Sadafumi Kawato and Mikitaka Masuyama
Prepared for delivery at the 6th Workshop of Parliamentary Scholars and Parliamentarians, Wroxton College, Oxfordshire, UK, 31 July - 1 August, 2004.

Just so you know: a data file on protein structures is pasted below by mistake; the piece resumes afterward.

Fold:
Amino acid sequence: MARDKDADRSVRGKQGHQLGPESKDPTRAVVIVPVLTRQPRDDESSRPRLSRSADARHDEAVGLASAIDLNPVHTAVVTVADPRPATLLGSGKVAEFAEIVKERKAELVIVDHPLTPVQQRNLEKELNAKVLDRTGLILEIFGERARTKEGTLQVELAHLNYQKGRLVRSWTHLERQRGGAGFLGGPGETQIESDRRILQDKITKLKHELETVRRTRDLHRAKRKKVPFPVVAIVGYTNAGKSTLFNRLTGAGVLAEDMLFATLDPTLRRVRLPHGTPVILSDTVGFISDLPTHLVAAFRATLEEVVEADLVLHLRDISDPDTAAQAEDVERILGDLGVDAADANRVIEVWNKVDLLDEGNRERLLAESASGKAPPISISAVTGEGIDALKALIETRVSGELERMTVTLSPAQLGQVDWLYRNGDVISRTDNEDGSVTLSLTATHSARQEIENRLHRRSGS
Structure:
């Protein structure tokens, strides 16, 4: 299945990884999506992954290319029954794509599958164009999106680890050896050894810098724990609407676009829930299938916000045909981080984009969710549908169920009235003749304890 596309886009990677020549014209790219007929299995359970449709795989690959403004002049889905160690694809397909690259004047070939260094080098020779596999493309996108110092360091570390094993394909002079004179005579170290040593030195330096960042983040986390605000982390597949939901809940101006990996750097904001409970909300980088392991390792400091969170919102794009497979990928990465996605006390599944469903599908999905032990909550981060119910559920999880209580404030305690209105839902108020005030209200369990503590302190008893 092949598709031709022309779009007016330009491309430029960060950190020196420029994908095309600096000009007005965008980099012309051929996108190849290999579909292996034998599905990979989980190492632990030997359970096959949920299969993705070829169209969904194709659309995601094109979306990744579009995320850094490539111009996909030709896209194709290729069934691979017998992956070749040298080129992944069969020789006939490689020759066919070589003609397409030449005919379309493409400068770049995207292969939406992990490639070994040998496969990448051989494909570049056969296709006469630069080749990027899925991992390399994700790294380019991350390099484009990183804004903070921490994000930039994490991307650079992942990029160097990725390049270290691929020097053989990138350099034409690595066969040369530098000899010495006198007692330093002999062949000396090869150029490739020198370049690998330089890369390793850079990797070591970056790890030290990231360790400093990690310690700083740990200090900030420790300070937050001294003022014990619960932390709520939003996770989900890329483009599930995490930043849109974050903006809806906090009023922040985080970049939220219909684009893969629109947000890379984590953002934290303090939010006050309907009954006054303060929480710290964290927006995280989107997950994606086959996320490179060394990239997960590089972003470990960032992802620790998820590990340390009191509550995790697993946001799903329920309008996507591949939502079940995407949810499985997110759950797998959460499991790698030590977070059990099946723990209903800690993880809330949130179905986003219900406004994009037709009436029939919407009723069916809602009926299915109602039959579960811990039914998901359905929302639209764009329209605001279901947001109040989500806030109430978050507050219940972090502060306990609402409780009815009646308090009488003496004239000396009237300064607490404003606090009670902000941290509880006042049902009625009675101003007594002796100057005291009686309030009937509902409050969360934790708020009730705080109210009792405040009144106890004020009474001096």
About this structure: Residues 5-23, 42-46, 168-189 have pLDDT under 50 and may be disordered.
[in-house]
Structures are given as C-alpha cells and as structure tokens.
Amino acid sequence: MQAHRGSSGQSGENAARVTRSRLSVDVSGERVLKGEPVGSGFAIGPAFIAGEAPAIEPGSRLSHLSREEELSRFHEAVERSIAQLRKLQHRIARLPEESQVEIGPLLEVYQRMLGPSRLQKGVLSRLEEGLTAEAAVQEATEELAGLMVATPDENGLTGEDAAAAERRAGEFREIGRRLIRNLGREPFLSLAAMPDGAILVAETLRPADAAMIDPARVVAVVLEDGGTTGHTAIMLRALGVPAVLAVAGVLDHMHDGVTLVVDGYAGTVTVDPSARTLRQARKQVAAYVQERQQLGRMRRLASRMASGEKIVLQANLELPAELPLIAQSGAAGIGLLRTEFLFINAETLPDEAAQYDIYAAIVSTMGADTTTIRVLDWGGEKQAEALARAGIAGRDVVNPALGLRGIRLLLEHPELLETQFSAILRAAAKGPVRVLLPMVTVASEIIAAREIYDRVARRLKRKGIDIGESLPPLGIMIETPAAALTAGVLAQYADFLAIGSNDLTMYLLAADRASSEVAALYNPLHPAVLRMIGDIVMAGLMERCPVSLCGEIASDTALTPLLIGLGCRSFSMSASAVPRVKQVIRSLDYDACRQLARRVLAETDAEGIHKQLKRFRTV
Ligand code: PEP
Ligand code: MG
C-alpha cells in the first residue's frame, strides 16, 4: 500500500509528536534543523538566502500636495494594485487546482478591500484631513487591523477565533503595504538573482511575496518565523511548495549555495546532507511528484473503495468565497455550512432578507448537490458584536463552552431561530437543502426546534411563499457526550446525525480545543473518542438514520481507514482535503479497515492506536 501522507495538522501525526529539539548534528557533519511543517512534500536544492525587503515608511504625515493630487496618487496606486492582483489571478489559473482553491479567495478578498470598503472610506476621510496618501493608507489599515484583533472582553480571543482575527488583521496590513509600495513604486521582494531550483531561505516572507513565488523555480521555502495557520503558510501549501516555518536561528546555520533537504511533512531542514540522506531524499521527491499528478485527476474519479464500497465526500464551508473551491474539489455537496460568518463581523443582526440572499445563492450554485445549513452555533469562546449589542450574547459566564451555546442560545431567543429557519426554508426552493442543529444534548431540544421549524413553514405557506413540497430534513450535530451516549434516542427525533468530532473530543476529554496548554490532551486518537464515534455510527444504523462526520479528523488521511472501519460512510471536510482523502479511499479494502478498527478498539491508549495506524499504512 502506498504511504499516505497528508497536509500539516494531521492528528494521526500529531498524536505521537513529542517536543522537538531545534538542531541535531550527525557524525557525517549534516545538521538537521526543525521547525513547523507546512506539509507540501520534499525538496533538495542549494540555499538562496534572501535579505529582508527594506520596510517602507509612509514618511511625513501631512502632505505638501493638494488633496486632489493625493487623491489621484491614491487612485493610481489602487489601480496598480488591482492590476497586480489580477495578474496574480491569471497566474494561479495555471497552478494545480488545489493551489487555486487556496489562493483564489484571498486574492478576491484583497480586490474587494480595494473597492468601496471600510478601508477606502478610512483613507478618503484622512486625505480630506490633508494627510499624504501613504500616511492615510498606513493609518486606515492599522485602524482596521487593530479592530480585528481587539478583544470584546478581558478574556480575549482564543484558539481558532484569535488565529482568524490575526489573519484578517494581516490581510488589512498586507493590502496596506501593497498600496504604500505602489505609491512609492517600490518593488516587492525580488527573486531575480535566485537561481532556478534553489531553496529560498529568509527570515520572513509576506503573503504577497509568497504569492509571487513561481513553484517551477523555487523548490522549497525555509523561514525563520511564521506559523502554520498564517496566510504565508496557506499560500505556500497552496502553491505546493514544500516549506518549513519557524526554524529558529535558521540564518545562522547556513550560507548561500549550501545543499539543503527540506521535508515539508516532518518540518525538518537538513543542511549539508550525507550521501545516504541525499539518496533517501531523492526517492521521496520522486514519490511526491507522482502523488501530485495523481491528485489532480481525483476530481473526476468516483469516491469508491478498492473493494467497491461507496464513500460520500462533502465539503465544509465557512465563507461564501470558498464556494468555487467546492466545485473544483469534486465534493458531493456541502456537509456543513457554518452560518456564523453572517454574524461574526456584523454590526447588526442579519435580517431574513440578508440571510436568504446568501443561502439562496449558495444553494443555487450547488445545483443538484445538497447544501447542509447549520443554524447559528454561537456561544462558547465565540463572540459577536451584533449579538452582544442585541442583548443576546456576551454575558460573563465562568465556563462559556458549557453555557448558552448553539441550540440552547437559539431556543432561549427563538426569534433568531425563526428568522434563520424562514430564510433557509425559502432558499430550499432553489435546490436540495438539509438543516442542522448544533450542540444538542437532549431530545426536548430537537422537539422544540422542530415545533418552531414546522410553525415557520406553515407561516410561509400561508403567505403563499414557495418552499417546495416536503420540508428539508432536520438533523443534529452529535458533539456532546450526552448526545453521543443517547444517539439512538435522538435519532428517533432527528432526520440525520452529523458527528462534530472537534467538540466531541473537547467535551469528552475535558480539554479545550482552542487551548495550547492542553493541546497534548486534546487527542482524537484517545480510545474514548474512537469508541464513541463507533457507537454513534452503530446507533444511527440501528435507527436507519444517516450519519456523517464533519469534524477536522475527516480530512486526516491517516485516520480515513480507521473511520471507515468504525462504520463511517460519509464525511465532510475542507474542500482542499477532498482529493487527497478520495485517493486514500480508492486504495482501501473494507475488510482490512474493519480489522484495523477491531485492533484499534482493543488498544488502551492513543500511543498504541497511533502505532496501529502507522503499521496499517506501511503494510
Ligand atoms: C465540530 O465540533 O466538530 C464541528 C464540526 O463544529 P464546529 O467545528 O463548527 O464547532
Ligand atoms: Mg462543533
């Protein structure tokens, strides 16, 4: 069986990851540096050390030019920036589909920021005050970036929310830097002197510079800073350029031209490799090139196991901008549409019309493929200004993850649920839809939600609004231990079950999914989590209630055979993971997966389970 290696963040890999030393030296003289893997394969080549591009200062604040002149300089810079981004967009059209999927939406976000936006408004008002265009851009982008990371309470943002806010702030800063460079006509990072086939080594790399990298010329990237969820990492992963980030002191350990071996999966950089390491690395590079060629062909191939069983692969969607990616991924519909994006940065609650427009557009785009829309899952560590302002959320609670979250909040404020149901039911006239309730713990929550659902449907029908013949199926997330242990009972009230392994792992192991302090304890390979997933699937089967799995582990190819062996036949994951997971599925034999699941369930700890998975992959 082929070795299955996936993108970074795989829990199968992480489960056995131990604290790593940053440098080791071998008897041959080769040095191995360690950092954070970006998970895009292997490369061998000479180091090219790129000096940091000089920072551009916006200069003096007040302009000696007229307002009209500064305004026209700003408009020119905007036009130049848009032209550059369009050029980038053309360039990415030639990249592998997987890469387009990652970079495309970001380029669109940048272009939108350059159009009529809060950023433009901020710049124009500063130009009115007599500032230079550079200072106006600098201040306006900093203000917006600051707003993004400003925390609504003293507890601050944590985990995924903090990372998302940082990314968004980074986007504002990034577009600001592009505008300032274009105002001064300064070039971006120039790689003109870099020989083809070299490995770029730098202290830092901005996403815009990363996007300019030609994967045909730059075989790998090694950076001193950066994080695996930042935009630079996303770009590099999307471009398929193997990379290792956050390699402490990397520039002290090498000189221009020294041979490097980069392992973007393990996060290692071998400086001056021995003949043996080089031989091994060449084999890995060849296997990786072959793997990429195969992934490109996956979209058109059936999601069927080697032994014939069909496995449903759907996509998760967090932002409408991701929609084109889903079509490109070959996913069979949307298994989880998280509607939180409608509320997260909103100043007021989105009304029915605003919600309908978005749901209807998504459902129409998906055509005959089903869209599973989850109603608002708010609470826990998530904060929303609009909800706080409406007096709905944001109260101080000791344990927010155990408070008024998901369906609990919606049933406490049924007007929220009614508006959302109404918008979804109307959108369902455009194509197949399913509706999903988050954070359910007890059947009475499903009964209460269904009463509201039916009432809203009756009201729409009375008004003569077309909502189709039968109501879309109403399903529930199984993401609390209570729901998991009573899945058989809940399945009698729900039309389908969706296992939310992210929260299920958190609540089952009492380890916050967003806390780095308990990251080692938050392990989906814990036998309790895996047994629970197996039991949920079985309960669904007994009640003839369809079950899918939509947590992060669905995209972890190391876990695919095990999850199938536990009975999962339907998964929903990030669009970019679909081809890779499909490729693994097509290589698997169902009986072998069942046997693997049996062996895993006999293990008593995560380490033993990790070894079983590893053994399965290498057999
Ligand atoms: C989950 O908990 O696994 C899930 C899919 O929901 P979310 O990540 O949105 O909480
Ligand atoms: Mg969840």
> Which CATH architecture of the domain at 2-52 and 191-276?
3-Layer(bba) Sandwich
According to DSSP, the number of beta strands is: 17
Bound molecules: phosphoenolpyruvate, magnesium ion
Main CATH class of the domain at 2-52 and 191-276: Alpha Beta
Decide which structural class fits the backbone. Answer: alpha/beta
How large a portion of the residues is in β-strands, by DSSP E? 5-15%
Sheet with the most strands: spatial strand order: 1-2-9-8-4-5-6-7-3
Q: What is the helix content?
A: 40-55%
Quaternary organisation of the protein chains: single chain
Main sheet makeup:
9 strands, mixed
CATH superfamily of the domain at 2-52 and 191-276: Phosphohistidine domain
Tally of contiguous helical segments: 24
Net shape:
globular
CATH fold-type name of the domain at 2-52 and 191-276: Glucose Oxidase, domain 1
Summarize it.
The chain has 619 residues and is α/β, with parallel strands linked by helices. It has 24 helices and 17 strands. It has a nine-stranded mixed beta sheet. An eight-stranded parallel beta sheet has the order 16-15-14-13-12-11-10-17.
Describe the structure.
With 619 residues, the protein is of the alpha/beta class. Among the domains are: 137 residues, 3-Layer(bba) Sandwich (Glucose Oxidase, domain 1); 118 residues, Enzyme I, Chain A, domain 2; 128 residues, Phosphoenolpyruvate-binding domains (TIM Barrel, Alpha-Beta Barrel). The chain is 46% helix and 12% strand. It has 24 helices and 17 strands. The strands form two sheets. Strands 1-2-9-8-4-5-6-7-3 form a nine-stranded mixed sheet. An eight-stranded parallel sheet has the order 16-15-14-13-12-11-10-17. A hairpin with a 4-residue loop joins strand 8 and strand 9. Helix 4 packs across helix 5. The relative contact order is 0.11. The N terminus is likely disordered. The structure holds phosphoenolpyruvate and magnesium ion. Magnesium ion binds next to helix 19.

One of the central themes in legislative studies is to investigate the legislative consequences of institutions. The Japanese Diet has several institutional features that together create a "short session" system, and the scarcity of legislative time makes the possession of agenda power a central concern of parliamentary politics. During the course of this paper, we will attempt to show how the institutionally-induced scarcity of time affects the way in which both the government and the opposition exercise the parliamentary prerogatives and bias the legislative outcomes to their advantage. To take into account the time factor and the censored nature of legislative process, we will utilize a duration model to estimate the likelihood of a legislative proposal to pass the Diet. Combining micro-level legislative data from major postwar sessions, we will compare the legislative process between the bills submitted by the cabinet and those proposed by the Diet members, and show that the likelihood of successful legislation depends critically on how the cabinet controls agenda setting in the Diet. The findings not only force us to reassess the literature on party politics in Japan, but also contribute to a comparative understanding of legislative institutions with respect to procedural restrictions and the incentives they provide.